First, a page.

The Skins We Shed

Few creatures hold the shape of their childhood.

For some, the transition is easy-

A slow stretching of the skin to follow

The slow stretching of the self.

Others

Are more violent.

The ghosts of dead childhoods

Cling to the reeds in the ponds

Tuck themselves under leaves and logs

The frail skeletal remains

Of a form too small

To contain all the potential

Of adulthood.

IMG_2064Frozen moments on the verge of flight

I value the physical touchstones of transition.


For more transitions, physical and otherwise, my fantasy novel, The Guests of Honor, is available here. Its sequel, With Honor Intact, can be found here.

 

 

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Out of Water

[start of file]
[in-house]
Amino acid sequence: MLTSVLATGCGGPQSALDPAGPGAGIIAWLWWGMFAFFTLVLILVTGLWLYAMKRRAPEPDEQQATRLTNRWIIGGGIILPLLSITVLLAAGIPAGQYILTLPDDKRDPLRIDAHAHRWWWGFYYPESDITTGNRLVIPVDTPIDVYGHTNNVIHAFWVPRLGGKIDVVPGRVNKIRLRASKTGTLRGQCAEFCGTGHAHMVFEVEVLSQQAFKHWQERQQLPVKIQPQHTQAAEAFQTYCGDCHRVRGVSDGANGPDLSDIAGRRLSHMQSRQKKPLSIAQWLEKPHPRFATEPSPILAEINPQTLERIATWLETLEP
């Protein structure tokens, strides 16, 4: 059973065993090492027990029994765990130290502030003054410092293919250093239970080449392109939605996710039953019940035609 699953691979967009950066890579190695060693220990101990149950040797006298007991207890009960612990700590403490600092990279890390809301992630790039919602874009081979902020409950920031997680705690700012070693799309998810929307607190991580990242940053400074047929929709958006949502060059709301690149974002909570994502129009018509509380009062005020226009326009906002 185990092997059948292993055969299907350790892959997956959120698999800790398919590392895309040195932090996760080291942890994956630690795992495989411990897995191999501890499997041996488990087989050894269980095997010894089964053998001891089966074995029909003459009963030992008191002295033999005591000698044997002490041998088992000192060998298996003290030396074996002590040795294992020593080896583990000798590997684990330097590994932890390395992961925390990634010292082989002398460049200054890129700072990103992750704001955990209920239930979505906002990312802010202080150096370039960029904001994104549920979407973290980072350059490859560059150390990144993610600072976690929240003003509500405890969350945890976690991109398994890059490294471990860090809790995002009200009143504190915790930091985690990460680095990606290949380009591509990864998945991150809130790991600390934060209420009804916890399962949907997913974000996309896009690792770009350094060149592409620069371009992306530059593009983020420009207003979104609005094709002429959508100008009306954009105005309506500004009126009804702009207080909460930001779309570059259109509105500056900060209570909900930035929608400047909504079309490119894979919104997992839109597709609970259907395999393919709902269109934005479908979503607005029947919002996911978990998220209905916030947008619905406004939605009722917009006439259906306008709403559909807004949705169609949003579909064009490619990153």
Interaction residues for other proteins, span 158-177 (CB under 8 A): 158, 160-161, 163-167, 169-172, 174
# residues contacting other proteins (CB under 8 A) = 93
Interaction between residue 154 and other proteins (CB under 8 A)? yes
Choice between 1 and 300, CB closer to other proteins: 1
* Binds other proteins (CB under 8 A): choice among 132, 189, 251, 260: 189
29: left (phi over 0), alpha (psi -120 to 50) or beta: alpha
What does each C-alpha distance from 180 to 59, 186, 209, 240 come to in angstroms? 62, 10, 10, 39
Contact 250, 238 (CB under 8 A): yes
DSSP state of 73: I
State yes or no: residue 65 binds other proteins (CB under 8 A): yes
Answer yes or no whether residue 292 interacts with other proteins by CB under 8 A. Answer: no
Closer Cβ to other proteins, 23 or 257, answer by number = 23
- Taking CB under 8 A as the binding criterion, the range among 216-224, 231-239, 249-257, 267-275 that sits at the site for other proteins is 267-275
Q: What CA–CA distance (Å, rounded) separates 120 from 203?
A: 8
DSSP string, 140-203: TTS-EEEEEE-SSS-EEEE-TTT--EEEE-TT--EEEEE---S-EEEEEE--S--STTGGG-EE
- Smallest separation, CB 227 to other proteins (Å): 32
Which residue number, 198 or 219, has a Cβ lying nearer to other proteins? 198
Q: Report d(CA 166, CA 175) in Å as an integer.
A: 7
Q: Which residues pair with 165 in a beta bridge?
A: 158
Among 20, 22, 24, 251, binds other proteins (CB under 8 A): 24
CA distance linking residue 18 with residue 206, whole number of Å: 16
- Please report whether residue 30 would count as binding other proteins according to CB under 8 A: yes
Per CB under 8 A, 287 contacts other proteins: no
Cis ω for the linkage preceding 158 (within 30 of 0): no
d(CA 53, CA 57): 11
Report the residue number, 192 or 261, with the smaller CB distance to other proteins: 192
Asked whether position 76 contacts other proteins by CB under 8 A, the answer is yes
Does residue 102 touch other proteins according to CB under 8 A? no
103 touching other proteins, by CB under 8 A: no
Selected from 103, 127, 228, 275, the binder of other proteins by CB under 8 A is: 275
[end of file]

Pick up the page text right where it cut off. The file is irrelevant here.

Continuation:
After the rain, a thousand tadpoles flounder on the edges of the ponds.

If there is still a channel, a small connecting vein or artery, they will make their way back to the deeper body.

Most die.

They are eaten or drown in the absence of water.

Adults are more flexible.

They persist in worlds their younger forms could only imagine.

A story sits at the  edge of a rain storm.

We seldom write of calm swimming in cool waters.

Our tales are of frantic scrambling through fading pathways.

Of trying to breathe in unfamiliar worlds.

In the end, if we are very lucky, the tadpole shifts, metamorphosizes.

It is not the butterfly that we should hope to emerge.

The greatest symbol of survival, of balancing the worlds, is a toad.

IMG_8554A champion of life and literature


For more tales of straddling the divide, I have also written a fantasy novel, The Guests of Honor. It is available here.